The Rothman Index is a comprehensive measure of overall patient status in the inpatient setting already in use at many medical centers. It ranges from 100 (best score) to -91 (worst score) and is calculated based on 26 variables encompassing vital signs, routine laboratory values, and organ system assessments from nursing rounds from the electronic medical record. Past research has shown an association of Rothman Index with complications, readmission, and death in certain populations, but it has not been evaluated in geriatric patients with hip fractures, a potentially vulnerable patient population.Questions/purposes
(1) Is there an association between Rothman Index scores and postdischarge adverse events in a population aged 65 years and older with hip fractures? (2) What is the discriminative ability of Rothman Index scores in determining which patients will or will not experience these adverse events? (3) Are there Rothman Index thresholds associated with increased incidence of postdischarge adverse outcomes?Methods
One thousand two hundred fourteen patients aged 65 years and older who underwent hip fracture surgery at an academic medical center between 2013 and 2016 were identified. Demographic and comorbidity characteristics were characterized, and 30-day postdischarge adverse events were calculated. The associations between a 10-unit change in Rothman Index scores and postdischarge adverse events, mortality, and readmission were determined. American Society of Anesthesiologists (ASA) class was used as a measure of comorbidity because prior research has shown its performance to be equivalent or superior to that of calculated comorbidity measures in this data set. We assessed the ability of Rothman Index scores to determine which patients experienced adverse events. Finally, Rothman Index thresholds were assessed for an association with increased incidence of postdischarge adverse outcomes.Results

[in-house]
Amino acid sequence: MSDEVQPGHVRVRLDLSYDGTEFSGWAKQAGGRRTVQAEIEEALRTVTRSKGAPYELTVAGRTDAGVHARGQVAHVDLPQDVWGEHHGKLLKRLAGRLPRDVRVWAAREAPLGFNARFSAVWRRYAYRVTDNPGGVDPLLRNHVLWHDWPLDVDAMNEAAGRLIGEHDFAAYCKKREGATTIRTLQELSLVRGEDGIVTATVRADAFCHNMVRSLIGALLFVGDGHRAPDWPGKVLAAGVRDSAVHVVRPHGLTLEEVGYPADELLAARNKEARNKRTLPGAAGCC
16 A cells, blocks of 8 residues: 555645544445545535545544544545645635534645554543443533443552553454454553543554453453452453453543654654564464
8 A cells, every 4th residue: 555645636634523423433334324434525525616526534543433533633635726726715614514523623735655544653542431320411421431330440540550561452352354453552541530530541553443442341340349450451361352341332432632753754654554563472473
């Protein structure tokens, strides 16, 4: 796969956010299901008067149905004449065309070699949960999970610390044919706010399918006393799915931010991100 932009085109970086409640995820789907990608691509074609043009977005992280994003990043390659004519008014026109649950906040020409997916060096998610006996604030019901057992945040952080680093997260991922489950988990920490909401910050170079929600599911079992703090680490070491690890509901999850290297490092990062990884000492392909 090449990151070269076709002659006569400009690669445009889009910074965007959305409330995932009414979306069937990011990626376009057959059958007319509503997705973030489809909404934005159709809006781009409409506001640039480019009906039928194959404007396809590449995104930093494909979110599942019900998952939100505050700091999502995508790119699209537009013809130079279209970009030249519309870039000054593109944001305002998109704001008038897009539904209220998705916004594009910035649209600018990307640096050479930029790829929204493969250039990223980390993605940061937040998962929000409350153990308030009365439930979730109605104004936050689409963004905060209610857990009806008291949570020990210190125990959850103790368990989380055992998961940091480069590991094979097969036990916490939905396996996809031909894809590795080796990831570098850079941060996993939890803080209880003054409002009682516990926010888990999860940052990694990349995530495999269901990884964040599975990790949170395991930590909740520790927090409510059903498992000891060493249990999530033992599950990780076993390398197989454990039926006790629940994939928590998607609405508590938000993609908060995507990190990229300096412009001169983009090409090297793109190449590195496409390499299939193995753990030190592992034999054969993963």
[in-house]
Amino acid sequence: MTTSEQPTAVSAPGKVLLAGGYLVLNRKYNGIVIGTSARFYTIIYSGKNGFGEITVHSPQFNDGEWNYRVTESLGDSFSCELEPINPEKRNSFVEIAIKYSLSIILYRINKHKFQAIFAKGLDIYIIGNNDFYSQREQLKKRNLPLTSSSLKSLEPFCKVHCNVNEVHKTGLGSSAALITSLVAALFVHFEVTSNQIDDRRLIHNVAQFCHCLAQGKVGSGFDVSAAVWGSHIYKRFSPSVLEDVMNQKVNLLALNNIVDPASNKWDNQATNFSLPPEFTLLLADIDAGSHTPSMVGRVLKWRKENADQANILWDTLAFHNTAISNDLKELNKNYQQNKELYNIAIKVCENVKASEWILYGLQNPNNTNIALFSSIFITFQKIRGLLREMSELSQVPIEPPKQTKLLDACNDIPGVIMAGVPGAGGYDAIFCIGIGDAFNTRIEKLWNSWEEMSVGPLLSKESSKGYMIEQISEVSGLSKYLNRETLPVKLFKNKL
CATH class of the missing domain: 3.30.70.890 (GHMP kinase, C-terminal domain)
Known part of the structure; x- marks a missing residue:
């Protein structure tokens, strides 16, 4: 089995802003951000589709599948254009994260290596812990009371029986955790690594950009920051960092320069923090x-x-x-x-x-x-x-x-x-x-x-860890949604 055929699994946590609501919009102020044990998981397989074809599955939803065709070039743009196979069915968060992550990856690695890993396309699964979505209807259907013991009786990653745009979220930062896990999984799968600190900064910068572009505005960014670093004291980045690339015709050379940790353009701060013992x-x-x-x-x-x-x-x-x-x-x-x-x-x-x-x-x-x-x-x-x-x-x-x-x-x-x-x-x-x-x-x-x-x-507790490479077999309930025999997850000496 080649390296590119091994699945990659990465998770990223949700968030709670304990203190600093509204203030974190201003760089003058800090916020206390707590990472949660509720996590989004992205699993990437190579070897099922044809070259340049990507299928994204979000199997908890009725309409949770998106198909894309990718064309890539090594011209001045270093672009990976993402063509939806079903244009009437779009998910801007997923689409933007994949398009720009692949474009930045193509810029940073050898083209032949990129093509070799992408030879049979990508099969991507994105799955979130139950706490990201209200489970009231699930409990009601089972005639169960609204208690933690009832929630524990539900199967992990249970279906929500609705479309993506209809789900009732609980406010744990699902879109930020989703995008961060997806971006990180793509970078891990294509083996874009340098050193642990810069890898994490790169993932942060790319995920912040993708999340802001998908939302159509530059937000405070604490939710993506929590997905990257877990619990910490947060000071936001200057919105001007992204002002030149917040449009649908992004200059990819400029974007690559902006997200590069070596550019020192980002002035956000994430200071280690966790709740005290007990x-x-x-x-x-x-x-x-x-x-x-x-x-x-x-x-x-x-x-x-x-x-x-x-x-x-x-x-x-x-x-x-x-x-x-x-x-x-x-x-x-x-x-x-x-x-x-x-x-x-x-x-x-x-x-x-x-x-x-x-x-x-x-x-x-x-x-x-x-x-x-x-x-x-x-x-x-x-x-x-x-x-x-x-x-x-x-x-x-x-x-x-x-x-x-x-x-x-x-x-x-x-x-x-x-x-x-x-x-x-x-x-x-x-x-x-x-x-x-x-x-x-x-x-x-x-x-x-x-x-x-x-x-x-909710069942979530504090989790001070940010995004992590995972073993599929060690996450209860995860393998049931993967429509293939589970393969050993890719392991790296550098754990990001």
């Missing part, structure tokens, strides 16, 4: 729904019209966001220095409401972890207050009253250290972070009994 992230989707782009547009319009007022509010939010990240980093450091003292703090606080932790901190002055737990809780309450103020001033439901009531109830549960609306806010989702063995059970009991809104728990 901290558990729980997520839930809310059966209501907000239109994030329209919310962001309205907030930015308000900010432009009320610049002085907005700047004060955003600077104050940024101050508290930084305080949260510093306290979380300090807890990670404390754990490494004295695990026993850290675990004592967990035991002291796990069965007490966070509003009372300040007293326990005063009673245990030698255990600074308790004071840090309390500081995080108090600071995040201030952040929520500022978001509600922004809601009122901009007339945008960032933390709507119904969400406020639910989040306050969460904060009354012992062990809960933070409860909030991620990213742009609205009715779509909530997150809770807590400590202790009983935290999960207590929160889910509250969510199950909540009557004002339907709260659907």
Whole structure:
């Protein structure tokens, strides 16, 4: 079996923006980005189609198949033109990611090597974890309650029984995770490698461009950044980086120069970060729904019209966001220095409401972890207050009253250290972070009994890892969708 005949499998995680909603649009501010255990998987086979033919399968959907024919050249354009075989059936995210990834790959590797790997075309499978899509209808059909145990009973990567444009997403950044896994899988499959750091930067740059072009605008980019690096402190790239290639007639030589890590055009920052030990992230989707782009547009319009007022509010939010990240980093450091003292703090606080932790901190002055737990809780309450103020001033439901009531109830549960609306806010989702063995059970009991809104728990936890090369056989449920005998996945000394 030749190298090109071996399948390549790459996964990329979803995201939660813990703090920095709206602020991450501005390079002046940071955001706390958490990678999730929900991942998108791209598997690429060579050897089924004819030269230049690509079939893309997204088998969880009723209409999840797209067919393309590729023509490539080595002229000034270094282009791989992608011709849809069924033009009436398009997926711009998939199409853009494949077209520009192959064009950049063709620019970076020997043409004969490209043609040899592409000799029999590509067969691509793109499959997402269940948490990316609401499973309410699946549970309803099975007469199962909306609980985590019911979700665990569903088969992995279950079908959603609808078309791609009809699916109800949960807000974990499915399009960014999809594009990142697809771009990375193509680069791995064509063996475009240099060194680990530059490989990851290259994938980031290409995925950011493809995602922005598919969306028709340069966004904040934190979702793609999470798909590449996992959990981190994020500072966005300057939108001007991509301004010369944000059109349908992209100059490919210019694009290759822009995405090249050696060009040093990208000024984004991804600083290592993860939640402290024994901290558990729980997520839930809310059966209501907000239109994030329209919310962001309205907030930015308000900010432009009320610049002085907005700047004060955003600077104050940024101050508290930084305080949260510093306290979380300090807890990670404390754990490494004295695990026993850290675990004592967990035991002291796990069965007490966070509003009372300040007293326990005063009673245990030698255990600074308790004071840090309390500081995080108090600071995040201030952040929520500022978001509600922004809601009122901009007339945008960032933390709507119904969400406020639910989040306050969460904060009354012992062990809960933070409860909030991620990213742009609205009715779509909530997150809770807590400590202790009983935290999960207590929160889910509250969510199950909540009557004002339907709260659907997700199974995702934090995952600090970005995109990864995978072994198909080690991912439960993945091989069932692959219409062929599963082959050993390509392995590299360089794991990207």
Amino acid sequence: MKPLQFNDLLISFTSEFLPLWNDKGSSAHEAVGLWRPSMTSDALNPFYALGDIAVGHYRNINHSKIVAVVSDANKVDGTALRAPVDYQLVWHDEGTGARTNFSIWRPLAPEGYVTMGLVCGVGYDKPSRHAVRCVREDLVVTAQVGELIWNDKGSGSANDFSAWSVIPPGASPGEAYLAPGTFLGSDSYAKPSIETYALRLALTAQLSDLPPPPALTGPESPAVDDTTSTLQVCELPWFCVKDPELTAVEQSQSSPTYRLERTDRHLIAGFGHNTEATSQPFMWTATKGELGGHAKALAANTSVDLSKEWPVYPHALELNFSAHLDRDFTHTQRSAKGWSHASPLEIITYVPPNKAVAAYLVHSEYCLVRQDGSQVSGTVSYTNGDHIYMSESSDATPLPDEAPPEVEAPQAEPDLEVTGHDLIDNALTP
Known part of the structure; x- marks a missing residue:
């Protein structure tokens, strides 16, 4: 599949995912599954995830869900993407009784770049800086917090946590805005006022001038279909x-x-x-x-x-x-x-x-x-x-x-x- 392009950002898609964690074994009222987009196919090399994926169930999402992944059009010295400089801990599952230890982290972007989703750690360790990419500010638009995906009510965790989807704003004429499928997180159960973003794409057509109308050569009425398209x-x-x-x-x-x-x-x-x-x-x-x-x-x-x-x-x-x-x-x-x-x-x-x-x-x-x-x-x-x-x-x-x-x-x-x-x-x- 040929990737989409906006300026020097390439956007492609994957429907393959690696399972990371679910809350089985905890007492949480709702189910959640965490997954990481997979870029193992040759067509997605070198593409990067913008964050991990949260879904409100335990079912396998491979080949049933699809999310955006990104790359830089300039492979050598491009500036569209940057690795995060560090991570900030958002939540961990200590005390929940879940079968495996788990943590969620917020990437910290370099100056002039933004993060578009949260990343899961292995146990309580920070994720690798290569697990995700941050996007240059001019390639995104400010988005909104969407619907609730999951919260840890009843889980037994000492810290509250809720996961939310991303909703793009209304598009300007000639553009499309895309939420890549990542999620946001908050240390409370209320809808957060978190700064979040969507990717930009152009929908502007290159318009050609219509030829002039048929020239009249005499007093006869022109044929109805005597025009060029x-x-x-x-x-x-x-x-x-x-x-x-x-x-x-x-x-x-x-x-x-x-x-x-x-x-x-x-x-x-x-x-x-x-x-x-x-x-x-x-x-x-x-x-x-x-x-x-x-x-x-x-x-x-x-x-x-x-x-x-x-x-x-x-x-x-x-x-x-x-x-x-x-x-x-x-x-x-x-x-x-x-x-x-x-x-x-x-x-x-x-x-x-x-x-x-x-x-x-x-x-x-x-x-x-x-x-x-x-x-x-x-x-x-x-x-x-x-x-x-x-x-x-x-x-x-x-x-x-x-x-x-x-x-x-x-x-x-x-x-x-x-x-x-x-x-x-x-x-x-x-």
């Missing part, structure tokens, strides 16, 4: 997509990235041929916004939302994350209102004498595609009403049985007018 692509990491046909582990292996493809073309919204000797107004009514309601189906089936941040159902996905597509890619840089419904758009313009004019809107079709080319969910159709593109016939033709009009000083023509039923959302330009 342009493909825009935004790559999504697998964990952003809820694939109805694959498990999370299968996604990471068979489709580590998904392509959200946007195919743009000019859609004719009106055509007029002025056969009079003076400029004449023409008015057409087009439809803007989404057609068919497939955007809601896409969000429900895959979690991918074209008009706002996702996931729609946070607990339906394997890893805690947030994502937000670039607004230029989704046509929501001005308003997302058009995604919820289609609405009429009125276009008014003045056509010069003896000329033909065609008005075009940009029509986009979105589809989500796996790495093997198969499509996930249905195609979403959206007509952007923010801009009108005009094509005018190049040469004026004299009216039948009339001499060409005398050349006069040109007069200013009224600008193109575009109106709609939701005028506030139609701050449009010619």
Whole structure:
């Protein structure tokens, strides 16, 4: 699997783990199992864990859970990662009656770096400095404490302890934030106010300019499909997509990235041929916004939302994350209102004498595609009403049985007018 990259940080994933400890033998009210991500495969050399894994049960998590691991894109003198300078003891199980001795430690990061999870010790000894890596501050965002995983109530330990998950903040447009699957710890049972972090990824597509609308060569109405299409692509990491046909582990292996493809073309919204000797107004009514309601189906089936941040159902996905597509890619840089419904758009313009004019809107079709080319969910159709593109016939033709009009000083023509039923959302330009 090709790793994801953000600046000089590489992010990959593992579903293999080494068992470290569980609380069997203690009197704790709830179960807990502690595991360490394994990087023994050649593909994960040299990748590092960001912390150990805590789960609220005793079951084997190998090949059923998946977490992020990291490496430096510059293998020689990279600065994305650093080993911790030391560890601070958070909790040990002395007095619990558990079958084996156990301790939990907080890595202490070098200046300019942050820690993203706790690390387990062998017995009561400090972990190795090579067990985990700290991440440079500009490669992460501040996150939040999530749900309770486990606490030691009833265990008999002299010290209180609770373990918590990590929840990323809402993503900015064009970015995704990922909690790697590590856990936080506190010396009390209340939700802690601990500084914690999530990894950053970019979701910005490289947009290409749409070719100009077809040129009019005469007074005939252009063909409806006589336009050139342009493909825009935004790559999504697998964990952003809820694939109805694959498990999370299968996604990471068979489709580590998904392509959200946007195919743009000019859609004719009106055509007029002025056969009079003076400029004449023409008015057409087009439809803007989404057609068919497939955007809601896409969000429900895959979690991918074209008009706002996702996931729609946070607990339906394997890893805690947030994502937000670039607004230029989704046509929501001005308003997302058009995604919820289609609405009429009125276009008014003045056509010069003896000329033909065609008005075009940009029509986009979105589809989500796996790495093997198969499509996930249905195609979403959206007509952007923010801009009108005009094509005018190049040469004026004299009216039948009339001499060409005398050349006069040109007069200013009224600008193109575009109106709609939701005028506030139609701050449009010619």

We found a strong association between Rothman Index scores and postdischarge adverse events (lowest score: odds ratio [OR] = 1.29 [1.18-1.41], p < 0.001; latest score: OR = 1.37 [1.24-1.52], p < 0.001) after controlling for age, sex, body mass index, ASA class, and surgical procedure performed. The discriminative ability of lowest and latest Rothman Index scores was better than those of age, sex, and ASA class for any adverse event (lowest value: area under the curve [AUC] = 0.641; 95% confidence interval [CI], 0.601-0.681; latest value: AUC = 0.640; 95% CI, 0.600-0.680); age (0.534; 95% CI, 0.493-0.575, p < 0.001 for both), male sex (0.552; 95% CI, 0.518-0.585, p = 0.001 for both), and ASA class (0.578; 95% CI, 0.542-0.614; p = 0.004 for lowest Rothman Index, p = 0.006 for latest Rothman Index). There was never a difference when comparing lowest Rothman Index value and latest Rothman Index value for any of the outcomes (Table 5). Patients experienced increased rates of postdischarge adverse events and mortality with a lowest Rothman Index of ≤ 35 (p < 0.05) or latest Rothman Index of ≤ 55 (p < 0.05).Conclusions
The Rothman Index provides an objective method of assessing perioperative risk in the setting of hip fracture surgery in patients older than age 65 years and is more accurate than demographic measures or ASA class. Furthermore, there are Rothman Index thresholds that can be used to identify patients at increased risk of complications. Physicians can use this tool to monitor the condition of patients with hip fracture, recognize patients at high risk of adverse events to consider changing their plan of care, and counsel patients and families. Further investigation is needed to determine whether interventions based on Rothman Index values contribute to improved outcomes or value of hip fracture care.Level of Evidence
Level II, diagnostic study.